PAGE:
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Black Panther and building empathy

This is somewhat related to my last post. I nearly wrote the following as a comment on FaceBook, but came to my senses in time. I have a long-time online friend, a Black woman and an academic who specifically studies minority representation in YA and kidlit, who is excited about the upcoming black Panther movie. I almost wrote a comment that I think this movie is important to white people too, and instantly I could hear her saying, “Oh my God, we finally have this, are you going to make even this all about you?”

So I backed away from the keyboard and out of her space. I think it’s okay to say this here, though, in my own space and where it’s not derailing any other discussions.

I am taking it as axiomatic that we need more diversity in books, movies and TV, and that a primary reason is that kids need to be able to see some heroes who look liek themselves or someone they could become. Not all their heroes, but some – if a girl sees that it’s always a boy in the spotlight, a Black kid sees that it’s always White people who do the important things, a kid with a disability sees only able-bodied main characters, only cisstraight characters, only physically attractive characters, only, that is, people who are Not Like You, how much does it hammer home the message that you are only good enough to be a supporting character (if that) in your own life?

So yeah, that’s important and I get it. I think it’s a two-sided problem, though.

The other side is the kids who are male, white, straight, able-bodied, well-off or whatever. How much do those kids get the message driven home, not only that they can be heroes, but that their story is at the center and everyone else is there to support them? (Judging from our current politicians, quite a bit!) We’re all born solipsists, but we’re supposed to grow out of it as we grow up – at least to the extent of realizing that sometimes we are there as supporting characters in someone else’s story. What’s a better way of learning empathy and the importance of other people than falling in love with a story and identifying with a character who isn’t like you?

I think that is what Heinlein was trying to do by revealing that Johnny Rico is Filipino in the final sentences of Starship Troopers – the book, not the execrable movie. I don’t think he succeeded, though – because inside his head, Johnny is no different than any of Heinlein’s middle-American teenaged heroes. The differences between the US and the Philippines, the residue of having first learned to think in Tagalog rather than English, haven’t affected him visibly at all – and the first is in first person, so those would be visible. The whole point of learning empathy is not learning to be colorblind – not in this real non-Utopian world – but in understanding how other people’s experiences shape them, and how their differences from yourself are as valuable as the ways in which you’re alike. I mentioned The Kane Chronicles in my last post; I don’t know how Rick Riordan’s legacy will last compared to Heinlein’s (maybe it will, but it’s harder when you come into a crowded field rather than one in its first big lowering) but in the Kane trilogy and his following series, Riordan does a better job on this. Carter and Sadie Kane are siblings, but their different skin colors have shaped their lives in different ways. Similarly in his series after that, characters aren’t just painted different colors; they’ve been sculpted by their experiences in multidimensional ways.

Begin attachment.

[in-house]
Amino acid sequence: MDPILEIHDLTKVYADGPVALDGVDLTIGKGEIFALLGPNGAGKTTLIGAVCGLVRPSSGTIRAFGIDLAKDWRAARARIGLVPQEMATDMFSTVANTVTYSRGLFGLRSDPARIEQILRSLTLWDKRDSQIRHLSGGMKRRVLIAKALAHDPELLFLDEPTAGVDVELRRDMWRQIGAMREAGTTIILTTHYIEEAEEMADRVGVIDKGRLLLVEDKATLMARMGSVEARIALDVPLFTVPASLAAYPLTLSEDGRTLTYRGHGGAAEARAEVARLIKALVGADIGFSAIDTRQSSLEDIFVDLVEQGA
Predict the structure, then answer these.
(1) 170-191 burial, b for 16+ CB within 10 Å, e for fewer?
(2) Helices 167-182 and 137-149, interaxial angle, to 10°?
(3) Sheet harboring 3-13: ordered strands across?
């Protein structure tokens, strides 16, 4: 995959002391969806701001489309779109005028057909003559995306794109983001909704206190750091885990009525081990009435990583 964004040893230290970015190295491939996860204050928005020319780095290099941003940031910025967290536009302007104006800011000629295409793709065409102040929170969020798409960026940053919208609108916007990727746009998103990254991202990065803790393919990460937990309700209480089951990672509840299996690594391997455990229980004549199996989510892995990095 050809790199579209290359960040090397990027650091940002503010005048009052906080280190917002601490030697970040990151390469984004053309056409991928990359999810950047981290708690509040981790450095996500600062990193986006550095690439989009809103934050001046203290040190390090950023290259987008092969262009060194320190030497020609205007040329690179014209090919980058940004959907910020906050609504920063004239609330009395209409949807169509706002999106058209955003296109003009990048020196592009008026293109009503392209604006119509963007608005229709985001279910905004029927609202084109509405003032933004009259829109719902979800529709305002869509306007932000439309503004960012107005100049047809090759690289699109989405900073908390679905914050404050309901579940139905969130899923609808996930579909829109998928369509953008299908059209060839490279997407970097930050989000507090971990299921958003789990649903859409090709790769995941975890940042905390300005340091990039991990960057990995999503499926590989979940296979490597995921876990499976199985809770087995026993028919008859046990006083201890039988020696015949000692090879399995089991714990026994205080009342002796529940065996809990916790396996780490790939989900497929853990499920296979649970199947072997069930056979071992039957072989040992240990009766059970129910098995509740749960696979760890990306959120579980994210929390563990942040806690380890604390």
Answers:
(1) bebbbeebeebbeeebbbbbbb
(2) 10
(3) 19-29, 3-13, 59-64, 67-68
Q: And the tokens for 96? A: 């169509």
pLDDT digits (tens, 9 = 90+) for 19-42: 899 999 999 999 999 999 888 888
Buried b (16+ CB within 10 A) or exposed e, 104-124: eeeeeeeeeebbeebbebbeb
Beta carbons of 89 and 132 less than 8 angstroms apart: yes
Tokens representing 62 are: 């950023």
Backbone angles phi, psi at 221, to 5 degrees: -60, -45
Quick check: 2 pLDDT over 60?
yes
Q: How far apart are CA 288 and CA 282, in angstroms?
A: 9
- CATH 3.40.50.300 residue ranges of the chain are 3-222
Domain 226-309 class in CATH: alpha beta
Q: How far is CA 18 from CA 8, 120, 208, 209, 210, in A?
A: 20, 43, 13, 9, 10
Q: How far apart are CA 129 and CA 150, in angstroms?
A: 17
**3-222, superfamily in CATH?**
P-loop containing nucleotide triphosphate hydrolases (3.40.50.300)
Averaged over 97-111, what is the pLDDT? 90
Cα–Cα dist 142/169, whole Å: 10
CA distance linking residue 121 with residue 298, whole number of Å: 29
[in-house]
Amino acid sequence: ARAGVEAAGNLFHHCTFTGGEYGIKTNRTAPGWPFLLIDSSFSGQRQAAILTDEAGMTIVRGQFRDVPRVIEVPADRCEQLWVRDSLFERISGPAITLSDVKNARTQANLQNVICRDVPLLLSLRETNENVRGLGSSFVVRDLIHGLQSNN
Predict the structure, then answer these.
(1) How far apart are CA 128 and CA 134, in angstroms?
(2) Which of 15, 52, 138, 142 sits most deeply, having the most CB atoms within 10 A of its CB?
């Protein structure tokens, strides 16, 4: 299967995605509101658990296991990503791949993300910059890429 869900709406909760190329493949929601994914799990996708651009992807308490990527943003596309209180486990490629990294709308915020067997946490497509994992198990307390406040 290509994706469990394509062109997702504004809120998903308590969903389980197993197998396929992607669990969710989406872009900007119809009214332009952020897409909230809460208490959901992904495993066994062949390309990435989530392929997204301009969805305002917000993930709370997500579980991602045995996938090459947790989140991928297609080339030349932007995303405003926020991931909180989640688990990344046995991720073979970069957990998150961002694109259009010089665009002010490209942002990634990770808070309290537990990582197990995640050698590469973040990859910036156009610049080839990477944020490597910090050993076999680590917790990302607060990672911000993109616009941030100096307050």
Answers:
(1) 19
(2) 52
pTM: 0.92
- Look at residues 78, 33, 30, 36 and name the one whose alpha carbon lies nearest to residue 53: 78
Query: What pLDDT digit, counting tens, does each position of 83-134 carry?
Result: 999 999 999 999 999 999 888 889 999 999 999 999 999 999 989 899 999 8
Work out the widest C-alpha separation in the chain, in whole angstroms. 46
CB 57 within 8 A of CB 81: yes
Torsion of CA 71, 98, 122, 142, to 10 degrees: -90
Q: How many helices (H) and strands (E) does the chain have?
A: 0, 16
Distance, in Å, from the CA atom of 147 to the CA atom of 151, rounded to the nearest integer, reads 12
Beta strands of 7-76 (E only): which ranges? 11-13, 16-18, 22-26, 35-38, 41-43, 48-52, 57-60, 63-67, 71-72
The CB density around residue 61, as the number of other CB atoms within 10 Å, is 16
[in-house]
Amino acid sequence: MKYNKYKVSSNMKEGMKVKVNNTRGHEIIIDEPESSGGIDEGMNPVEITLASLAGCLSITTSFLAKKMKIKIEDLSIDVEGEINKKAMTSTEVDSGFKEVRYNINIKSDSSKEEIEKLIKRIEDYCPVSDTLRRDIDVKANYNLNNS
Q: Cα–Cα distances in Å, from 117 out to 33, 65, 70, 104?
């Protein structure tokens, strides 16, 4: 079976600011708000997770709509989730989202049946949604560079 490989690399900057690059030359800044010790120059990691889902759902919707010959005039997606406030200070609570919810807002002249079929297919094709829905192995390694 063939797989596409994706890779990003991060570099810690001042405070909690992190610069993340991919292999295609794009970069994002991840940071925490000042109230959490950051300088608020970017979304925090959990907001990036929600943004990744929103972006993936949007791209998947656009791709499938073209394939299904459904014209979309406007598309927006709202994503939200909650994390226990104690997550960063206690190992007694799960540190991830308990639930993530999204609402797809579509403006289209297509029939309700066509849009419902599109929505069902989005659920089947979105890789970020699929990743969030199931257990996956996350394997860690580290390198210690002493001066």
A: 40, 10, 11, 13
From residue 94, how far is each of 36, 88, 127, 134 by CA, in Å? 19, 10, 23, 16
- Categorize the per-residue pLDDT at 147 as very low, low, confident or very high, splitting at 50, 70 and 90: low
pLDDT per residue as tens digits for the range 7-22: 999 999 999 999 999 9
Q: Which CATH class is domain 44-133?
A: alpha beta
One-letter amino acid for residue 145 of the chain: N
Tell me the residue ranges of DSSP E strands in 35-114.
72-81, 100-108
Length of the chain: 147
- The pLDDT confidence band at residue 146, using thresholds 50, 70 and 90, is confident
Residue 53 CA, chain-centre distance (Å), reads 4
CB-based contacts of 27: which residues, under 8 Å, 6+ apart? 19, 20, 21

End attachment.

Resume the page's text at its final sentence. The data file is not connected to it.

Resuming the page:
Mirrored from Dichroic Reflections.

I’m still a little ambivalent about a Black Meg Murray in the upcoming Wrinkle in Time movie. My feelings against it are easy to explain: in my totally book-biased opinion, movies made from books, especially beloved ones, need to stick as close to the book as possible. If I am recalling correctly, Meg has mouse brown hair that turns to a rich chestnut as she grows up. I don’t think her skin tone is discussed; her eyes are said to be beautiful but I don’t remember offhand if their color is mentioned. So based on all that, I’d be fine with her being biracial. Further, her mother is likely to be white (or biracial herself) having auburn hair, which oculd actually add a level to the story line. At the beginning of the story, she gets a lot of flack because her husband is missing; it’s easy to imagine the gossip being even meaner if he’s Black.